3D Printing with Low-Carbon Concrete: Reducing CO2 Emissions and Material Waste


Article posted 3/31/22

After water, concrete is the second most-consumed material on the planet and its production is substantially growing, expected to increase from 4.4 billion tons, reaching production up to 5.5 billion tons by 2050. Unfortunately, this comes at a huge environmental cost, accounting for almost eight percent of the global carbon emissions. With this estimated expected growth, stakeholders in the construction industry must work on integrating sustainable building materials and innovative processes. 

With its innovative 3D printing Micro-factories, Hyperion Robotics is reducing the amount of structural concrete required by up to 75% and the amount of waste produced significantly. Not only does the solution make the process more sustainable, it also improves health and safety conditions as robots are the ones doing the hard labor whilst workers supervise the process.   

Recycling is another problem of the industry that is being solved by Hyperion’s robotic 3D printing solution. Currently, most of the waste material is not being recycled, but the printing system makes it possible to use reinforced low-carbon concrete made with a combination of end-of-cycle materials from the industry such as blast furnace slag, fly ash, mining tailings, and demolition waste, which contribute to significant cost savings and 90% reduction of embodied CO2 emissions.

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Optimized Structure. Image Courtesy of Hyperion Robotics

Hyperion’s latest project in collaboration with the renewable energy company Iberdrola and the supplier of connection technology for concrete elements Peikko Group was just kicked off with the first in the world 3D printed pad foundation.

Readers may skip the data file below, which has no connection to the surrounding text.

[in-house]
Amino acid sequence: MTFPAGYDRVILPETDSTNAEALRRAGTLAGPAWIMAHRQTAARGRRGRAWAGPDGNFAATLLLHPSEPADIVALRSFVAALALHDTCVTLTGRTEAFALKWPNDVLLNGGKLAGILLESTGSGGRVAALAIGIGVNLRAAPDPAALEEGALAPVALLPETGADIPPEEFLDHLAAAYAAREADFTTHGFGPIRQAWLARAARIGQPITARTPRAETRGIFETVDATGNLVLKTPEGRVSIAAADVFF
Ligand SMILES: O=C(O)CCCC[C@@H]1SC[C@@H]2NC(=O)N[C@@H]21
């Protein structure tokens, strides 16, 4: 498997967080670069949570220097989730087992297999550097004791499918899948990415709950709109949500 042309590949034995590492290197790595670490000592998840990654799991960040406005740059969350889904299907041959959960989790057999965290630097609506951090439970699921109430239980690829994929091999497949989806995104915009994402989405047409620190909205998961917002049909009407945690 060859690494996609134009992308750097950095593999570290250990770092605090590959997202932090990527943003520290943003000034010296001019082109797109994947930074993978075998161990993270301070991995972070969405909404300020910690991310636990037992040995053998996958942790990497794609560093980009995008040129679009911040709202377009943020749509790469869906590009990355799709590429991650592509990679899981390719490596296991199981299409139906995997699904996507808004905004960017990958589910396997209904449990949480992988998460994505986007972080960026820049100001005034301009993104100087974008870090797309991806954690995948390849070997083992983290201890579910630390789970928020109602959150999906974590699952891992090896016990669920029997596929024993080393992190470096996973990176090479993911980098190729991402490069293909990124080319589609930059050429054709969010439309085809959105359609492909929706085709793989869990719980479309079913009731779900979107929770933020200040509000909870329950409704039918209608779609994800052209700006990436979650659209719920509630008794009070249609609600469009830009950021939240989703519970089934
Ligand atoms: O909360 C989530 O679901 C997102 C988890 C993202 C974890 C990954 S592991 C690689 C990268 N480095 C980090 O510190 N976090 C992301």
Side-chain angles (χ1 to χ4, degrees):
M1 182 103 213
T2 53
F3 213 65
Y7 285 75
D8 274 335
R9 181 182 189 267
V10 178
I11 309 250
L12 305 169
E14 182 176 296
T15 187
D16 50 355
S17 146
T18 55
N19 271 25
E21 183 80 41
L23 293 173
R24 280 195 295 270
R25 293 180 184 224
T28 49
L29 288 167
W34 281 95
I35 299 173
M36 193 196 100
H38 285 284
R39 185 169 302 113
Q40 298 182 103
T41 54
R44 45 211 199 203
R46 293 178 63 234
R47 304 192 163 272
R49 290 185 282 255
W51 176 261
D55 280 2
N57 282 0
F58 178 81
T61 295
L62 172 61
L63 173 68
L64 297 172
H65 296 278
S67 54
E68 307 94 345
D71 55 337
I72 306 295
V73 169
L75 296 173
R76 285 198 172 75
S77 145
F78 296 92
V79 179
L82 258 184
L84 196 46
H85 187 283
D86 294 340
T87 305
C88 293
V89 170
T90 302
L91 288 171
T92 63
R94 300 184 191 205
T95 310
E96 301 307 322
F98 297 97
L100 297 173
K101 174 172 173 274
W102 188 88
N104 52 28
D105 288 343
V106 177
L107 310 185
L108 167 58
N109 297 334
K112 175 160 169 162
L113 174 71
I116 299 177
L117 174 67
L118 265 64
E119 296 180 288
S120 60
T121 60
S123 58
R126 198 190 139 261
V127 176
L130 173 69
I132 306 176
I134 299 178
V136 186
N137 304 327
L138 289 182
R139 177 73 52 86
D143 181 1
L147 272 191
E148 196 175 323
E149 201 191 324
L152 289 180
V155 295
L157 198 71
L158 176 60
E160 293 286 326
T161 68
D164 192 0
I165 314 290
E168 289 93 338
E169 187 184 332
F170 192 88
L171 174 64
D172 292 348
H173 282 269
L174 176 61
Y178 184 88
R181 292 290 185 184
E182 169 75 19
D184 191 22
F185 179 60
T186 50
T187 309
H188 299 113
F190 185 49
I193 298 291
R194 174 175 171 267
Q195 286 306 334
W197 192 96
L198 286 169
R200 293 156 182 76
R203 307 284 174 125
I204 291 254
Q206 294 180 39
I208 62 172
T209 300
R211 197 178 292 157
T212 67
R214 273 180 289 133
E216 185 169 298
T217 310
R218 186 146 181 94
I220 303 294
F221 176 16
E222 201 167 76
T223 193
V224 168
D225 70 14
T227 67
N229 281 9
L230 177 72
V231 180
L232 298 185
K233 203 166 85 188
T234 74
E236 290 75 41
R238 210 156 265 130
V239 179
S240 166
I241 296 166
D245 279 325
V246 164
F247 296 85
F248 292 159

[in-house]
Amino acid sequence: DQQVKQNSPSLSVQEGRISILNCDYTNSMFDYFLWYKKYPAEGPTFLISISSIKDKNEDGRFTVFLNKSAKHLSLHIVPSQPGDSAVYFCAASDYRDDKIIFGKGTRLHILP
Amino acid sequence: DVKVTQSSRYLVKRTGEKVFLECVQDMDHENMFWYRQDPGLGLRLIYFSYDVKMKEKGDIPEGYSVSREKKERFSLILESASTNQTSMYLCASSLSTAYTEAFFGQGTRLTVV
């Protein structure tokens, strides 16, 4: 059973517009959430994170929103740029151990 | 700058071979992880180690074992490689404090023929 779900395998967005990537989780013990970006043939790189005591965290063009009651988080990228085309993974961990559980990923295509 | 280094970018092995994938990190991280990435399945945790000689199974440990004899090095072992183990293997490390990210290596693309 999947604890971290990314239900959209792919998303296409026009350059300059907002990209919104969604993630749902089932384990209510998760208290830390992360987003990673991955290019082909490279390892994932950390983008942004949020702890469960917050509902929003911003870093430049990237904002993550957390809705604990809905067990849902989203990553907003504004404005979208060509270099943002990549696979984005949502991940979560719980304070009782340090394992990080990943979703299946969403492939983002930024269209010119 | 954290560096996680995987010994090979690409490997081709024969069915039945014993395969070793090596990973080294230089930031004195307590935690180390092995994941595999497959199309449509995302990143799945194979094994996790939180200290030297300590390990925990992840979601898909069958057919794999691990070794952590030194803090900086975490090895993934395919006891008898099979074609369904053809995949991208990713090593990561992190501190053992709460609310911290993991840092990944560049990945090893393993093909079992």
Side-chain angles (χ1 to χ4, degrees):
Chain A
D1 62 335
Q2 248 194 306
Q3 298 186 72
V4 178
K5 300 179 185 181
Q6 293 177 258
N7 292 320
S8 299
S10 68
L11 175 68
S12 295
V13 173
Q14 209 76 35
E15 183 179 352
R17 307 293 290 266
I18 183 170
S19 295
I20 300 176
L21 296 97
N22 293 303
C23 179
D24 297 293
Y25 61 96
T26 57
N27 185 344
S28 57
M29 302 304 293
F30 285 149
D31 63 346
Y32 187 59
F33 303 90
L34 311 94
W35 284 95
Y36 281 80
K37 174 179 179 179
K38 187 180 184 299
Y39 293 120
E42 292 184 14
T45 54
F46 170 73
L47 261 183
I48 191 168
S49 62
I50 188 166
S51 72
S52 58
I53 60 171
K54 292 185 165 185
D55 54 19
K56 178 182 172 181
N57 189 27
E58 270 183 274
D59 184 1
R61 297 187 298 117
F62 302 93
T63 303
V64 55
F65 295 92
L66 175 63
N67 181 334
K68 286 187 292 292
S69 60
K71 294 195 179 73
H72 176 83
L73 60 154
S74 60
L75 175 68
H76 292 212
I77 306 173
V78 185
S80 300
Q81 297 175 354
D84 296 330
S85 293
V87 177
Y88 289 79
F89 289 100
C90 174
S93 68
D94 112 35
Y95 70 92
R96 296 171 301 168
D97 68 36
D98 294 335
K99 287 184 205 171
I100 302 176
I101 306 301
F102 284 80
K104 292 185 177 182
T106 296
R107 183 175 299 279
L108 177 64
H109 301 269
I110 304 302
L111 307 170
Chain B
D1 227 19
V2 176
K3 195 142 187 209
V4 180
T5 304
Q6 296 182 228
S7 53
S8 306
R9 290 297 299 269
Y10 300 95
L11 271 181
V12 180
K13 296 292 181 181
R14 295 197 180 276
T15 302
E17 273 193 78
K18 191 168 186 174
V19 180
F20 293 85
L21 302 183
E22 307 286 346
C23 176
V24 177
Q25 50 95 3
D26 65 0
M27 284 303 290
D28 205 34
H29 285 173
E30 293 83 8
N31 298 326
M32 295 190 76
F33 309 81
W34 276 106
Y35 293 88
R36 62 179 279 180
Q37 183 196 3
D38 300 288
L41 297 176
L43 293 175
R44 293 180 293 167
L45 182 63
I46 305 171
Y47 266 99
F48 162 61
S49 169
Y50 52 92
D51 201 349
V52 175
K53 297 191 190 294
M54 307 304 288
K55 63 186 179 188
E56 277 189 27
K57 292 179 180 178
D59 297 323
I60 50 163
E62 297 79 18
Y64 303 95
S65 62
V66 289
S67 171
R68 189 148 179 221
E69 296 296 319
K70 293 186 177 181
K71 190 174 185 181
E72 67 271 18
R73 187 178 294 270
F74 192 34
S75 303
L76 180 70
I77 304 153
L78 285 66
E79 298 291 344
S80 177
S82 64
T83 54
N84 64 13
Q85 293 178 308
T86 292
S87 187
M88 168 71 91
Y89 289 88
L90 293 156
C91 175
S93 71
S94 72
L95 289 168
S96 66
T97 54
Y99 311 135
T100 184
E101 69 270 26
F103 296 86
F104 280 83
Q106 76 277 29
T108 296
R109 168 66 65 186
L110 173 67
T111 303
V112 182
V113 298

“This [3d printed] foundation is very special. It has been designed, engineered, and printed with the help of Peikko and Iberdrola. Being the first in the world – it is saving 75% of the material – compared to traditional pad foundation, which you can typically find in energy infrastructures or any other type of projects.” Henry Unterreiner, co-founder at Hyperion Robotics, said.    



I chose this article because I was inspired by the simplicity of it. By simply redesigning a structure’s base, it is saving up to 75% of the material. That is huge! It just goes to show that things we may think of as “standard” can often be altered without giving up structural integrity. So many efforts have been made to develop new materials, processes, or technologies to reduce our global footprint, yet sometimes the answer is as simple as redesigning what we know to reduce overall material use. It helped me to realize that more eco-friendly concrete options already exist. It is important for designers and businesses to research their options rather than always going along with the standard option.

This will be helpful to my project development as it challenges me to question what I already know about structure – it challenges me to recuse/recycle what I can, and to be conservative with material.


Sometimes less is more – redesigning for efficiency can be just as effective as new technology

Challenging what is viewed as a “standard” can lead to relevant innovation – Both in form and material